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MPAA seeks to deem embedded videos as copyright infringement

April 11, 2012
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The Motion Picture Association of America is seeking a new judgment on what constitutes copyright infringement, seeking those who embed copyrighted material via YouTube or other sources, not just those who host it. Via Arstechnica:

“The Motion Picture Association of America is squaring off against a coalition of Internet giants and public interest groups over the key question of whether it's possible to directly infringe copyright by embedding an image or video hosted by a third party.

A federal judge took that position last July, prompting a chorus of criticism. Two briefs—one by Google and Facebook, the other by the Electronic Frontier Foundation and Public Knowledge—attacked the decision as contrary to past precedents and potentially disruptive to the Internet economy. They asked the Seventh Circuit Court of Appeals to overturn it.

Last week, the MPAA joined the fray with a brief in support of Illinois federal judge John F. Grady's ruling. It urged the Seventh Circuit not to draw a legal distinction between hosting content and embedding it. In the MPAA's view, both actions should carry the risk of liability for direct copyright infringement.

But as Google and Facebook pointed out in a November brief, previous precedents have found the distinction between hosting and embedding legally relevant. The 2007 decision of Perfect 10 v. Amazon is a key precedent. The Ninth Circuit Court of Appeals held in that case that only the server that hosts infringing content, not other servers that may provide links to infringing content, are guilty of direct copyright infringement. The Perfect 10 decision is a strong precedent because it dealt with the closely analogous case of Google's image search engine embedding copies of infringing images hosted on third-party servers.”

What do you think–fair or foul? Let us know in the comments.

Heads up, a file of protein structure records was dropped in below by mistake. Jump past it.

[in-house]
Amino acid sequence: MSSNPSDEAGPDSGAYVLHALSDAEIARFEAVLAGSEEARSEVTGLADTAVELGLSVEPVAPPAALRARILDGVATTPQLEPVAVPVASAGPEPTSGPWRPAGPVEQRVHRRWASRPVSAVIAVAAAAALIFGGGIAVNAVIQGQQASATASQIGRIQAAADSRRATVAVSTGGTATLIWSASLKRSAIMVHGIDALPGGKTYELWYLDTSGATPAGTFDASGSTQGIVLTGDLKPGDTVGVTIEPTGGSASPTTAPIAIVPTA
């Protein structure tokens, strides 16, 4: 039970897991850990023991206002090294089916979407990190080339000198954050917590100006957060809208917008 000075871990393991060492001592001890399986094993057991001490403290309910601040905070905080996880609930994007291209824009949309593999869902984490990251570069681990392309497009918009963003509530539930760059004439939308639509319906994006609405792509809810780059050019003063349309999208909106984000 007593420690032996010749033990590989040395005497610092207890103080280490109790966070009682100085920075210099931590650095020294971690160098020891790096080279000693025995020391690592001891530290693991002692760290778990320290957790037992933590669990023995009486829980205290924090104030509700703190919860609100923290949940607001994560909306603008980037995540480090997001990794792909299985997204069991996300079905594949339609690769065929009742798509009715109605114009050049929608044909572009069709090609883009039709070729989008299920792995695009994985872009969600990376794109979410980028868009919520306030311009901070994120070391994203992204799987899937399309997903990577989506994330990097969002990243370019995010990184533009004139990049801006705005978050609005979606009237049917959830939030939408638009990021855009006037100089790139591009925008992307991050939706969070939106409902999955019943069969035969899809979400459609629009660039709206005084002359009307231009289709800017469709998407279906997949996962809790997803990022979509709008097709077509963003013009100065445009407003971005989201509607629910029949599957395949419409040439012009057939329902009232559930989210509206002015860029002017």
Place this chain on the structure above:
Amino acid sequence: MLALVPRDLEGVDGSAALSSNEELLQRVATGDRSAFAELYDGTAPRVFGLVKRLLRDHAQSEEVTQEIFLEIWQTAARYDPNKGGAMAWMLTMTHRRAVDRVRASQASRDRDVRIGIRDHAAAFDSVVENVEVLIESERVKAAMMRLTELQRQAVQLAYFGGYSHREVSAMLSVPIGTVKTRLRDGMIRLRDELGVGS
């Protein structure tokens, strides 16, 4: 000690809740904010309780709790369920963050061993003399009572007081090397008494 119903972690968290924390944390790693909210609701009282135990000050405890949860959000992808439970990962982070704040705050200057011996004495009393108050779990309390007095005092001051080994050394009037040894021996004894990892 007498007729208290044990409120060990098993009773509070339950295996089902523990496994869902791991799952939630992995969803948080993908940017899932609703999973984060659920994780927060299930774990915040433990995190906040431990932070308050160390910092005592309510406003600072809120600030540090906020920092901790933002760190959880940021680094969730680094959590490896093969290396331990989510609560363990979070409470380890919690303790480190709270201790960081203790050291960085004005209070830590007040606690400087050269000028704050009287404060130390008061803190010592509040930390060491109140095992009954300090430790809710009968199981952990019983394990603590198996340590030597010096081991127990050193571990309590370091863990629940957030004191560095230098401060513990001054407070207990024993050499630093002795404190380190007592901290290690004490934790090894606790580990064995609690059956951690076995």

Written by Bryne Yancey

Position: Former Web Editor HQ: Orlando, FL (soon to be Cleveland, OH) Nice to meet you! I'm Bryne Yancey, the former web editor for Alternative Press. Prior to joining AP full-time, I volunteered at Punknews.org and freelanced for Myspace Music and AP, writing reviews and such.  I enjoy 80s thrash metal, leather-jacket pop-punk, obscure 90s/2000s emo, contemporary crust-core, and plenty in between. I'm a big fan of pizza, nachos, dessert, sleeveless t-shirts, wearing shorts year-round, sunglasses, science fiction, dry humor, horror, the Florida Marlins, the Orlando Magic, the Jacksonville Jaguars, and the Tampa Bay Lightning. Vinyl is great; Spotify is equally and differently great. Green Day's "Dookie," Bad Religion's "All Ages," and the Suicide Machines' "Battle Hymns" changed my life. I don't think our scene has ever been as exciting or promising as it is right now. Top ten albums OF ALL TIME (but in no particular order): Saves The Day - Stay What You Are Green Day - Warning Jimmy Eat World - Futures Snapcase - Designs For Automotion Hot Water Music - Caution Metallica - ...And Justice For All The Suicide Machines - Battle Hymns Bad Religion - The Process of Belief The Lawrence Arms - The Greatest Story Ever Told Descendents - ALL Twitter | Tumblr